Water
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What about the water droplets in fog?

Article 7 Module 2


liquid water on fence, with fog in background

liquid water drops on fence, with fog in background

Cooling down water vapor



Fog (mist, visible breath) develops from water vapor. 



Warmed up airborne water molecules are water vapor.



When temperatures surrounding the water vapor molecules cool down sufficiently, the molecules connect together. 



Here’s the thing – you cannot develop fog or cool mist directly from liquid water. The process has to be the following:


Water     ———Warmed————>   water vapor


Water vapor    ————Cooled ————>   Fog (mist, cool breath, steam)



This is why most foggy days evolve in the fall and early winter.



There is still enough water vapor in the air from the Sun warming surrounding bodies of water, and the temperatures cool down in the evenings and nights.



Here's a question: If fog is cooled-and-connected water vapor molecules, where do the microscopic water droplets come from?

Tea kettle boiling water

Tea kettle with steam

Water vapor is invisible!



In general , water vapor is invisible.


The reason for this is that the water molecules are separate from each other, each molecule floating solo in the air.


This allows light to pass through uninterrupted between the molecules.


In the image of the red kettle, notice how there is an "empty" space between the spout of the kettle and the cooling water vapor molecules: this space holds the still-hot, still-separate, and still-invisible water vapor molecules.


What are the steps to develop fog, mist, or steam from invisible water vapor? That is, what makes water vapor visible?


Here are the steps in fog formation: 

Fog webbing of water molecule

Step 1: Webbing of water vapor molecules together


Step 1: Water vapor  molecules cool down



Take separate and invisible water vapor molecules and cool them down. They will form hydrogen bonds between the water molecules.



With enough hydrogen bonds, the molecules are no longer liquid water: they are connected water vapor molecules.

Connected water vapor molecules

Step 2: Connected water vapor molecules holding water droplets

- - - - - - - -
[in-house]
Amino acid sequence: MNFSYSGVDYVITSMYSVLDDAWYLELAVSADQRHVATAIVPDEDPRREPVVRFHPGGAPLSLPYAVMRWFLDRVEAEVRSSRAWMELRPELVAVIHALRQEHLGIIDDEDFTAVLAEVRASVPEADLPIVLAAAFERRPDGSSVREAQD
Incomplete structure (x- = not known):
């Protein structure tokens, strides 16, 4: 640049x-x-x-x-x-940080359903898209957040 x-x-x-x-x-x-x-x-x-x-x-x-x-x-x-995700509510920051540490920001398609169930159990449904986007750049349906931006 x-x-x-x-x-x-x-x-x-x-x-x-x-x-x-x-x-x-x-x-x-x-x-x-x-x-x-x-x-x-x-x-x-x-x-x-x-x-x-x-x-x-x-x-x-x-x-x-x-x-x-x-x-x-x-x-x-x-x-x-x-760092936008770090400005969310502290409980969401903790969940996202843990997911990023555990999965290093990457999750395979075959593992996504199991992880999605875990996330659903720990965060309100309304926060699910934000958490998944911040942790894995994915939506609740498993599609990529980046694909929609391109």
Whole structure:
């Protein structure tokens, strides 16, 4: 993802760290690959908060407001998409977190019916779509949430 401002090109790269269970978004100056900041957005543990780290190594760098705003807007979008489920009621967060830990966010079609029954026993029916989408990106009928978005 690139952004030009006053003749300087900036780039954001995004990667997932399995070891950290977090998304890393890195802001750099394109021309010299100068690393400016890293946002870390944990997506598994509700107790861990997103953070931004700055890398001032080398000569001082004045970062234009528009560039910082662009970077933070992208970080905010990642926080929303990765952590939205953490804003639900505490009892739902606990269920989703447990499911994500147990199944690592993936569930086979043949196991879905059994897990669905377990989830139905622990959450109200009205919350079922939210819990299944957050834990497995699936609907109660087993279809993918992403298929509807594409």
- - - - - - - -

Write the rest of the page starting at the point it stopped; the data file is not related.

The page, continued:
Step 2: Some of the water vapor molecules condense to water droplets



Fog often grows out of the ocean, seawater or swamps or marshlands. Those bodies release microscopic particles into the air. Things like salts, organic material, and dust particles. 



The water vapor molecules floating above the body of water or marshland will surround some of those microscopic elements . 



These specks form nucleation surfaces and allow water vapor molecules to cluster and condense into minute droplets of water.



This is one of the common ways for liquid water droplets to form in foggy areas.

cooled water with droplets and air

Step 3: Cooled water vapor molecules entrapping water droplets and air

Step 3: The connected water molecules entrap air 



Those cooled and connected water vapor molecules entrap air pockets and bubbles.  



As we noticed in the previous chapter, masses of disorganized air molecules will reflect light back to us.


The net result:



A cooled netting of water vapor molecules cradling water droplets and air.


The netting is extensive enough that the microscopic droplets are suspended in "thin air".


The entrapped air creates a white shroud that prevents light from going through, and reflects it back to us. 


Please note the emphasis on cooled water vapor molecules forming a webbing or netting.


This is clearly not the common view for how fog forms, as reviewed here and here. 


Conclusion

   Fog is made of cooled water vapor 

molecules forming  a netting

that cradles droplets of water

and pockets of air.

Picture credits:


  1. Martyn Fletcher. Solway from Maryport, Cumbria, UK. Flickr photo-sharing. Taken on Jan 23, 2019.
  2. jenny downing. on the fence. Flickr photo-sharing, taken Oct 14, 2008. 
  3. Jorge Salcedo, Shutterstock, photo ID: 6234364. Red kettle steaming hot isolated on black background.
  4. By Laura Fearn. In fog, the primary element is the hydrogen-bonded interconnected water molecules. These form a three dimensional web of molecules. Oct, 2017.
  5. By Laura Fearn. In fog, the netting of hydrogen-bonded interconnected water molecules hold condensed water droplets. Oct, 2017.
  6. By Laura Fearn. In fog, the netting of hydrogen-bonded interconnected water molecules cradle both air and water droplets.Oct, 2017.
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